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THE BIG SQUEEZE

RARE PROBLEMS, but they do happen. Let’s talk about some rare and interesting construction problems that we have encountered over the years. 

THE BIG SQUEEZE

This family purchased a newly constructed house in a sub-division.  The house had poured concrete full basement foundation walls, had a 2 car attached garage projecting out of the front elevation and sat in the center of a cul-de-sac. 

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During the first year, the homeowner encountered severe foundation cracking only on the front foundation wall of the house.  None of the adjacent neighbors experienced anything similar. After some investigation, it was noted that the garage floor, driveway, city walk, and curb system also had non-conventional and excessive cracks (especially for newer concrete). 

In addition, we found that the concrete street was poured in late autumn and the cracking condition in the house appeared in the middle of summer.  What appears to have happened is that the street sub-contractor did not install enough expansion joints. 

Now, in the heat of summer, the streets expanded and placed pressure on the curb, which pushed the city walk, then applied pressure to the driveway which “plowed” the garage concrete slab into that foundation wall. 

Curiously, this was the only house in the sub-division and cul-de-sac to perfectly line up so as to get the expansion pressure from a full city block of concrete street. 

After approx. 1 year of communication between attorneys, the road commission accepted responsibility and made the necessary very expensive repairs to the house and modifications to the street. 

THE INVISIBLE EXCAVATOR:

This homeowner called and said he was experiencing strange occurrences in his 15-year-old house and felt that it was moving.  The most recent happening was when he came home late from bowling, went to his bedroom, placed his bowling ball on the floor and went to sleep.  During the night he woke up to the sound of a strange “rumbling” noise that culminated with a loud “bang”.  He turned on the light and initially saw nothing out of place.  However, the next morning, he noticed that his bi-fold closet door at the opposite end of the bedroom was knocked off the track and his bowling ball was now sitting right next to the door.  The bowling ball appears to have rolled across the room and impacted the door. We found the homeowner to have some very legitimate concerns. 

Upon inspecting the house we found cracks in the brick, drywall, and concrete.  When we researched the basement area there were indications of large hollow areas beneath the floor.  We also noted that the sump pump almost ran constantly, the water in the sump basket was crystal clear and that there was a relatively large pile of sand at the end of the sump pump discharge line approx. 30 ft. from the house. We came to realize that this property currently had a very active groundwater condition at approx. 4 ft. below grade (basement was approx. 8 ft. deep), the soils were very sandy and that the original builder did not put an adequate amount of washed “pea pebble” filtration stone over the exterior perimeter drain tiles.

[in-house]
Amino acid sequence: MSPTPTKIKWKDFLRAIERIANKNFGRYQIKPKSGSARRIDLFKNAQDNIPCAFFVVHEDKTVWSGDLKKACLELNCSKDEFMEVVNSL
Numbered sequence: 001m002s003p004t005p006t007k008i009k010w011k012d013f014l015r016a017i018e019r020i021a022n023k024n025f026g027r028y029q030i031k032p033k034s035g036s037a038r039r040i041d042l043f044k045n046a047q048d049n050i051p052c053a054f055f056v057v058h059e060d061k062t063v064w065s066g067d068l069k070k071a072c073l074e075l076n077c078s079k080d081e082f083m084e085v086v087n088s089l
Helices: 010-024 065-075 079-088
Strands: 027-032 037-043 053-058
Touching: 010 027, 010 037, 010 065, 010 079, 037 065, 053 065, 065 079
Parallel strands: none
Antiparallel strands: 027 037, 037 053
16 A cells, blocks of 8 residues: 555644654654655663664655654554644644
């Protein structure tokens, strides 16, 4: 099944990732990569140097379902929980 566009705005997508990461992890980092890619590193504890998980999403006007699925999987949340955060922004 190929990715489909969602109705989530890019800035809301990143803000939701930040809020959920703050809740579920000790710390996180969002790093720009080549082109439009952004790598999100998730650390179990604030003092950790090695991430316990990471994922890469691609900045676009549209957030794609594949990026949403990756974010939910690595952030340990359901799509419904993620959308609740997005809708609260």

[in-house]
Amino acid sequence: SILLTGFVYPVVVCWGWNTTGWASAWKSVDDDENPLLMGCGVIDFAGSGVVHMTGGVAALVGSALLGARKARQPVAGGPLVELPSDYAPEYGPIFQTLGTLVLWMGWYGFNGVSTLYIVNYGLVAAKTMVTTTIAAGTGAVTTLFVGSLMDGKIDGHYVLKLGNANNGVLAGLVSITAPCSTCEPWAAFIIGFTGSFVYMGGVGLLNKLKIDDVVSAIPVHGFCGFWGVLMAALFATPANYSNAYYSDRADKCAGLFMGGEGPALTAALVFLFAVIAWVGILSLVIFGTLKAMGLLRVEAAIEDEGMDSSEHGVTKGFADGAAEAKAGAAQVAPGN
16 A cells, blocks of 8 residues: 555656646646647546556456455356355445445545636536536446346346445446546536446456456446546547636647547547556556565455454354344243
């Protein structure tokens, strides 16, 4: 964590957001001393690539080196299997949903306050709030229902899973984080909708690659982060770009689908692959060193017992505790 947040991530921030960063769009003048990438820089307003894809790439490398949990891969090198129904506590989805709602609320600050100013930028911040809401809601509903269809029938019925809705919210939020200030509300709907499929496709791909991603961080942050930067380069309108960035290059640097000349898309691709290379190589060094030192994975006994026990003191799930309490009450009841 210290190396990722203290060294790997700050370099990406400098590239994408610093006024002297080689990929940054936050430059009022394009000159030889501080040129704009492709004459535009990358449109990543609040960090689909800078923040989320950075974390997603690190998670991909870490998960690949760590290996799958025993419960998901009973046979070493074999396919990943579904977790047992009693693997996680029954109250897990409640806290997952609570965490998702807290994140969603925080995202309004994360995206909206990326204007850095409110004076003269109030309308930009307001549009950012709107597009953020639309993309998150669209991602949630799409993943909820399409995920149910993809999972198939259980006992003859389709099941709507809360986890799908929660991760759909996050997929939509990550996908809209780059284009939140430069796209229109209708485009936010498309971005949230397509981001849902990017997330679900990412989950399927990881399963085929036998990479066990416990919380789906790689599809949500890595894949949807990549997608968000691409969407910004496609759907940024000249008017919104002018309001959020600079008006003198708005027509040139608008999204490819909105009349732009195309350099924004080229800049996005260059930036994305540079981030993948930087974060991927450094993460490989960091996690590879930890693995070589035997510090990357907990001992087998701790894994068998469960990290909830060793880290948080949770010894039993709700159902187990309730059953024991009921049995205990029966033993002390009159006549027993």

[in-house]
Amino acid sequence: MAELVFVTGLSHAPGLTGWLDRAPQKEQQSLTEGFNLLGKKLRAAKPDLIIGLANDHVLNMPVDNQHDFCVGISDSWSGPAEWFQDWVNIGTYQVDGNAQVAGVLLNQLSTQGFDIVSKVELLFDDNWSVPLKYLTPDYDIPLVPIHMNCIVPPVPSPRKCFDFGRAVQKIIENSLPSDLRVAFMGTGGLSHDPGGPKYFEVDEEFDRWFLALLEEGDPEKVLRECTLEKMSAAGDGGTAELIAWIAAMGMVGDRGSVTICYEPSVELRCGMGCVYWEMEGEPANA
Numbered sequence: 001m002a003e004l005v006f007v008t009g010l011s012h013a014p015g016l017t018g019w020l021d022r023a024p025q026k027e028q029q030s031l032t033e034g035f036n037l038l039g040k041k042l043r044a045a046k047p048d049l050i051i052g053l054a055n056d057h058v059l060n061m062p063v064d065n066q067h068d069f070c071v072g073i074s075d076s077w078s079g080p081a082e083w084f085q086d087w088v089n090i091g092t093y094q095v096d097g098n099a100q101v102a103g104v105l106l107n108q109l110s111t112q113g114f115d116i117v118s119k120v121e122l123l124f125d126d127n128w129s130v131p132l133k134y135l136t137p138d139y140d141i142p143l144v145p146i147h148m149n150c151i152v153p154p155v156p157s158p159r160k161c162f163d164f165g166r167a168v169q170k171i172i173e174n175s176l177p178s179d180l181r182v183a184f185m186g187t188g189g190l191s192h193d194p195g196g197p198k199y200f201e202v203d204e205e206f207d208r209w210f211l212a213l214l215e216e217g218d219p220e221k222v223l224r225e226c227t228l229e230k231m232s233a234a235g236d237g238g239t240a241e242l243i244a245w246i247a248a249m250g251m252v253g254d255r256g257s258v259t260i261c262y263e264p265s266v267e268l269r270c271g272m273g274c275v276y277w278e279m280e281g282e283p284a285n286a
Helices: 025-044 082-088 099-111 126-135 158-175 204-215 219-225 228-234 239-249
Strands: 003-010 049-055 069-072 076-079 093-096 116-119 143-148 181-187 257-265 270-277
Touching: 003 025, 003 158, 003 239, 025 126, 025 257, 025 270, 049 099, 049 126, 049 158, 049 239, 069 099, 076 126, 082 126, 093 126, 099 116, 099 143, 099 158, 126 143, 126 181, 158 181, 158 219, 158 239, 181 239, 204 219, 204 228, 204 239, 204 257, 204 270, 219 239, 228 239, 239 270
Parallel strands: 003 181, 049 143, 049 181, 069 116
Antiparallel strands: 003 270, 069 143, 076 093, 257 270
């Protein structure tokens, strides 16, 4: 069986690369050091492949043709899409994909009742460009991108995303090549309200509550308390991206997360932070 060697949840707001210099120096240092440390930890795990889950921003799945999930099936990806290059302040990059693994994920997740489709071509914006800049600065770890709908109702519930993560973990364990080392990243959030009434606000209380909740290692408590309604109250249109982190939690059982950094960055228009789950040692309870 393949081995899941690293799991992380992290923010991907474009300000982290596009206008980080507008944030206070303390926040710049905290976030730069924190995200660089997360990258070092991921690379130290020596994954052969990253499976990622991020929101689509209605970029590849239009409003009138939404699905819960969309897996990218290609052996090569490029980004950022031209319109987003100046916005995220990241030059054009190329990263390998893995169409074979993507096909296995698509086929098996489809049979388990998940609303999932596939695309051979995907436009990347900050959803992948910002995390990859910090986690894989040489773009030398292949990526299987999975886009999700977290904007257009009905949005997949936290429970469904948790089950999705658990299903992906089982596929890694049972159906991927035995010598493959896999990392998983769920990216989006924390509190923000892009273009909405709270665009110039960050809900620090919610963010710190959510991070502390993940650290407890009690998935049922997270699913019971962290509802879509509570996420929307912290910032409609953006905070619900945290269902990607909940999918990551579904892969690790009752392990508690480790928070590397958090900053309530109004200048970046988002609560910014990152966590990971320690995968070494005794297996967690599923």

As the underground water ran it eventually disturbed the sandy soil because it had the ability to infiltrate through the inadequate filtration stone.  It then took water and sand into the drain tile pipes.  The groundwater was strong enough to actually carry the sand through the pipes, into the sump pump basket and then was pumped away from the house.  The system was excavating holes under the house. When we broke out parts of the basement floor there were large holes with a stream of water running through it. If the house was to be saved the final solution was to abandon the basement, fill it in and create a crawl space. 

This was all done after a utility room addition was added at the rear of the garage and the mechanical systems (furnace, electrical panel, hot water tank, etc.) were relocated.  The house was then re-leveled where possible and all past cracks were patched and repaired. 

The house still sits 15 years later. A question that arises, is how was the original builder able to construct this house with this soil condition.  First of all, remember that sand is a preferred compactable soil for builders, but it does have the ability to lose that stability if disturbed (like a sandcastle on the beach).  Also, the groundwater table level changes just as the lake and river water levels vary.  This house was built on a nice stable sandy soil when the water was lower. 

Inspections By MJK
Mitch & Celeste Kuffa
627 N Riverside
St. Clair, MI 48079
(810) 329-4052

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